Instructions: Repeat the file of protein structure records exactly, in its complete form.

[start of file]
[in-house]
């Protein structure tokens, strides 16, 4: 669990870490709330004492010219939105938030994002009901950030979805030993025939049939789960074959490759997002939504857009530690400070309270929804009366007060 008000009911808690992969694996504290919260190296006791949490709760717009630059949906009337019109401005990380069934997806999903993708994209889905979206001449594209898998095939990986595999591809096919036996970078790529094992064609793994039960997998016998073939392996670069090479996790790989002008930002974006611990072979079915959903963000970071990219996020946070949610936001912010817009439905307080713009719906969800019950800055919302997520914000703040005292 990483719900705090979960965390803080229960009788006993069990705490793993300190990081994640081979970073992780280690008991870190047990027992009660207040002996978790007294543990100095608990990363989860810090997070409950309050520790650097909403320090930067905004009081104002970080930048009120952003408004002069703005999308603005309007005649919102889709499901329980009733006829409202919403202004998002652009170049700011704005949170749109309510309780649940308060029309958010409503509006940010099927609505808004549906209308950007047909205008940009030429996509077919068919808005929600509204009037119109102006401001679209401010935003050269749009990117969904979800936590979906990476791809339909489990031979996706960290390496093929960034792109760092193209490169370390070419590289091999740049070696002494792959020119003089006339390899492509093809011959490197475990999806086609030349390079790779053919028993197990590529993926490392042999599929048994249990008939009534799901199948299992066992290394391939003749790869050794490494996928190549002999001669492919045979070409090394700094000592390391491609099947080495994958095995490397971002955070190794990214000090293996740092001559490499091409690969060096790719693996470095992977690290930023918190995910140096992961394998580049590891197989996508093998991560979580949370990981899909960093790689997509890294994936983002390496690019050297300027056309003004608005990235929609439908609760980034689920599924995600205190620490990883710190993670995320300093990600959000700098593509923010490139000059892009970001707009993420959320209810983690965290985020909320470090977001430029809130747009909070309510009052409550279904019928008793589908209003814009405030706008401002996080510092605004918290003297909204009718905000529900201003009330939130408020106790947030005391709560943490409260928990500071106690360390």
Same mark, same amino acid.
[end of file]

[in-house]
């Protein structure tokens, strides 16, 4: 669990870490709330004492010219939105938030994002009901950030979805030993025939049939789960074959490759997002939504857009530690400070309270929804009366007060 008000009911808690992969694996504290919260190296006791949490709760717009630059949906009337019109401005990380069934997806999903993708994209889905979206001449594209898998095939990986595999591809096919036996970078790529094992064609793994039960997998016998073939392996670069090479996790790989002008930002974006611990072979079915959903963000970071990219996020946070949610936001912010817009439905307080713009719906969800019950800055919302997520914000703040005292 990483719900705090979960965390803080229960009788006993069990705490793993300190990081994640081979970073992780280690008991870190047990027992009660207040002996978790007294543990100095608990990363989860810090997070409950309050520790650097909403320090930067905004009081104002970080930048009120952003408004002069703005999308603005309007005649919102889709499901329980009733006829409202919403202004998002652009170049700011704005949170749109309510309780649940308060029309958010409503509006940010099927609505808004549906209308950007047909205008940009030429996509077919068919808005929600509204009037119109102006401001679209401010935003050269749009990117969904979800936590979906990476791809339909489990031979996706960290390496093929960034792109760092193209490169370390070419590289091999740049070696002494792959020119003089006339390899492509093809011959490197475990999806086609030349390079790779053919028993197990590529993926490392042999599929048994249990008939009534799901199948299992066992290394391939003749790869050794490494996928190549002999001669492919045979070409090394700094000592390391491609099947080495994958095995490397971002955070190794990214000090293996740092001559490499091409690969060096790719693996470095992977690290930023918190995910140096992961394998580049590891197989996508093998991560979580949370990981899909960093790689997509890294994936983002390496690019050297300027056309003004608005990235929609439908609760980034689920599924995600205190620490990883710190993670995320300093990600959000700098593509923010490139000059892009970001707009993420959320209810983690965290985020909320470090977001430029809130747009909070309510009052409550279904019928008793589908209003814009405030706008401002996080510092605004918290003297909204009718905000529900201003009330939130408020106790947030005391709560943490409260928990500071106690360390």
Same mark, same amino acid.